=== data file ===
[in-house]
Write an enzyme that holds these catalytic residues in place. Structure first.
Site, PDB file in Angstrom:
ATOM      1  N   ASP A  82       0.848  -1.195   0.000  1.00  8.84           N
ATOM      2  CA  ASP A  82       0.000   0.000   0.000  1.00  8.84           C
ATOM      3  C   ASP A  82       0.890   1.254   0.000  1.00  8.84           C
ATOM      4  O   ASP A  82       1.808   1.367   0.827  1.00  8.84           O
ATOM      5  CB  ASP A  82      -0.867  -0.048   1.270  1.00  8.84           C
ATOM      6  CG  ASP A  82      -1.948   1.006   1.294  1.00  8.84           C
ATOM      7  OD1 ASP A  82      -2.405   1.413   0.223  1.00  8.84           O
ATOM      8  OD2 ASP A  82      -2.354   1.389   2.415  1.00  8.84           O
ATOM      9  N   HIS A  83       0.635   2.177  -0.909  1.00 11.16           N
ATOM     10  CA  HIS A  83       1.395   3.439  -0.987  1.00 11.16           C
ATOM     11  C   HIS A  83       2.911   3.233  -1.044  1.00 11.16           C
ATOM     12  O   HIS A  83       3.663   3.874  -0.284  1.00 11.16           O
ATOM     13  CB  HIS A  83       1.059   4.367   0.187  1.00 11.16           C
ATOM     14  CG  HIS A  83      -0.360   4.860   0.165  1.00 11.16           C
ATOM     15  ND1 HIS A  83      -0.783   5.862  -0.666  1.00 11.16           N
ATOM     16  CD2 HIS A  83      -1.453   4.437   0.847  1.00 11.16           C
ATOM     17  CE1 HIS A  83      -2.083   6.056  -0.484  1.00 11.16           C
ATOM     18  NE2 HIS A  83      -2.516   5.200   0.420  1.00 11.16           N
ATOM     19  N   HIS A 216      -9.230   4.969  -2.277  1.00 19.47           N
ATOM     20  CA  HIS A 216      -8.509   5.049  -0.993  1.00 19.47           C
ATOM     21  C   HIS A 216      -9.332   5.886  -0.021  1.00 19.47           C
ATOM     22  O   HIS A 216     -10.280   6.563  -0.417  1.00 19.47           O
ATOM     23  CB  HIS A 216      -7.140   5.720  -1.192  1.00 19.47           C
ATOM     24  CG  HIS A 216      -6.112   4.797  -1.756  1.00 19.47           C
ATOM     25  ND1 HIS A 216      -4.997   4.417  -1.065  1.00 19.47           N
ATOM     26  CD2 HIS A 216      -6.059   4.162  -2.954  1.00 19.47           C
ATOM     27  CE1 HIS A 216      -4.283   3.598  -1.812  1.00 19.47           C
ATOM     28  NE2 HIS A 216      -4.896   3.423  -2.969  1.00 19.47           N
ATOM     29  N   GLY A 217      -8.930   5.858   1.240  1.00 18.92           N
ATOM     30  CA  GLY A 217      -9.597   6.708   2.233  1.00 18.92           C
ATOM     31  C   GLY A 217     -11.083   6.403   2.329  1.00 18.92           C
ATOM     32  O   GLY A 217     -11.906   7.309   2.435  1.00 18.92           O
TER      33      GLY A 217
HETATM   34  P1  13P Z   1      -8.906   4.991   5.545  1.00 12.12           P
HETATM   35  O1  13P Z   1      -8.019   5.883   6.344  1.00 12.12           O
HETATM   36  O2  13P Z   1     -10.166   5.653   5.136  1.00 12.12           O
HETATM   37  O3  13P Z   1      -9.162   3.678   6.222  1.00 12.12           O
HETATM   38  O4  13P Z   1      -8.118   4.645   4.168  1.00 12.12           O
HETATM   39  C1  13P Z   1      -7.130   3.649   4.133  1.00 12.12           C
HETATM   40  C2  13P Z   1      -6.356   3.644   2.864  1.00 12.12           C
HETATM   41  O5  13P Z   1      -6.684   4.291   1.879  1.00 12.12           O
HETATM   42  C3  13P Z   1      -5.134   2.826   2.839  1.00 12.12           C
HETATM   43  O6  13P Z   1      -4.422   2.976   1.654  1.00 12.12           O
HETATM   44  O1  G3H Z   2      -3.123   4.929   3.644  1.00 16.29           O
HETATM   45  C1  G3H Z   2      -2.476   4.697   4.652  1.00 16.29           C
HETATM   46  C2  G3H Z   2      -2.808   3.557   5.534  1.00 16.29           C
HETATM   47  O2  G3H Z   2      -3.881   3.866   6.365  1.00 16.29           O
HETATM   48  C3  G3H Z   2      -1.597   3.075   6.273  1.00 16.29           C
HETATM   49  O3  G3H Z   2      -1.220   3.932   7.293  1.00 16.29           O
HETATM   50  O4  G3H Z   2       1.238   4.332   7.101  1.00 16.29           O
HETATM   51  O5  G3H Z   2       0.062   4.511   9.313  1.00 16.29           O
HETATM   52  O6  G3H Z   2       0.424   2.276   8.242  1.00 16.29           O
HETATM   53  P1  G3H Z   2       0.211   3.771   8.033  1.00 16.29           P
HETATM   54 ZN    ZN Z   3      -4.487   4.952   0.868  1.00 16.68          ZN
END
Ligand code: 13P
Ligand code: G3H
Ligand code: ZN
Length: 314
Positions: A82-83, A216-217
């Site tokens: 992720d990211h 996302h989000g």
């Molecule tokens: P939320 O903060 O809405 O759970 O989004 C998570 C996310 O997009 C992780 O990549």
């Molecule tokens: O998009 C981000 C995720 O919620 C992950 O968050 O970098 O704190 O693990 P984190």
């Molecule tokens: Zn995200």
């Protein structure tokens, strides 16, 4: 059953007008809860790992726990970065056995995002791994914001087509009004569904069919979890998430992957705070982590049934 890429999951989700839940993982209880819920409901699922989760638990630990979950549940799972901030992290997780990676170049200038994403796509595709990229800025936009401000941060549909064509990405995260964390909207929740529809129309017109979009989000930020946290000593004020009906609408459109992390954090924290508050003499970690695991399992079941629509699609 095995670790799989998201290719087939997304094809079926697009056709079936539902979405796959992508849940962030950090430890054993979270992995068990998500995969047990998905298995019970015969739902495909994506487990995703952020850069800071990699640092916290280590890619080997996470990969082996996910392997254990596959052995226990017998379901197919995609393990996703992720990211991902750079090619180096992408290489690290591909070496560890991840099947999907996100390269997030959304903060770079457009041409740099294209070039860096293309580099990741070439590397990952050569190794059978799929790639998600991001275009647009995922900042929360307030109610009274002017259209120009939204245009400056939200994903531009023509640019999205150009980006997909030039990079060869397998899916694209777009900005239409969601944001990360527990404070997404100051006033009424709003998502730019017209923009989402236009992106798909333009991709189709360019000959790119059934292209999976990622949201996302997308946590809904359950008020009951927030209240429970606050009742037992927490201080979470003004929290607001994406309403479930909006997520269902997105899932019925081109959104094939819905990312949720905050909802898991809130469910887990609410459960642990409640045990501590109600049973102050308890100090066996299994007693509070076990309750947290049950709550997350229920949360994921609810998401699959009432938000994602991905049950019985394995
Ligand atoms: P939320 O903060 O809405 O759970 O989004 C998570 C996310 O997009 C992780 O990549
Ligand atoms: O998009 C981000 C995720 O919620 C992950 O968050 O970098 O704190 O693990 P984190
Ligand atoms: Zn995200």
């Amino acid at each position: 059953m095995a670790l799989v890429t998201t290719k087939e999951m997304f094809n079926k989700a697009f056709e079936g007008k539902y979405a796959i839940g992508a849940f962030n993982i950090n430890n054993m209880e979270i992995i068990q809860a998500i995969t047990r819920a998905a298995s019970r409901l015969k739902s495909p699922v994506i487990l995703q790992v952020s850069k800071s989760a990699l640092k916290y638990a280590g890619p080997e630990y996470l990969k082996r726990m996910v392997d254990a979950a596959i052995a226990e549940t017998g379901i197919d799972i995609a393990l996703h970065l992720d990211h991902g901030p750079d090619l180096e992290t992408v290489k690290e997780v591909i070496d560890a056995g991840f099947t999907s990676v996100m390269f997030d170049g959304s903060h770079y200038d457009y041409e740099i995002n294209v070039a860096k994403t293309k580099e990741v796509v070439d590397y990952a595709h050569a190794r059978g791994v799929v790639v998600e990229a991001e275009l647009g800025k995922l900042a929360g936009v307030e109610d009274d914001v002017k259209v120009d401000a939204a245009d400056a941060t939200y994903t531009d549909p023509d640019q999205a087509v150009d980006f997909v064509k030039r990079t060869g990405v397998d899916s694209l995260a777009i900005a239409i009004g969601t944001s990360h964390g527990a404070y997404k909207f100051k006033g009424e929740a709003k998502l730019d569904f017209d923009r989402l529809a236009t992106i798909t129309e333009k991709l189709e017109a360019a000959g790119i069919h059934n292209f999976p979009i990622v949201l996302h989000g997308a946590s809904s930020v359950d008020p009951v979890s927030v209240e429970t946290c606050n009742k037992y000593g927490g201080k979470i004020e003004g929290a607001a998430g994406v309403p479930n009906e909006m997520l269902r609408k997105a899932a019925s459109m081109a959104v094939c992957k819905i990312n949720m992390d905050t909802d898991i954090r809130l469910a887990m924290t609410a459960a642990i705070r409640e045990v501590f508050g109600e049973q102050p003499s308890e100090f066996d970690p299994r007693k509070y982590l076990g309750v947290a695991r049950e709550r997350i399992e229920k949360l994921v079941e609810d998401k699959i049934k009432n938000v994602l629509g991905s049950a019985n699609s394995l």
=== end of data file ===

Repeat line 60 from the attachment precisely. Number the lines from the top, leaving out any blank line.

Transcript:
Ligand code: G3H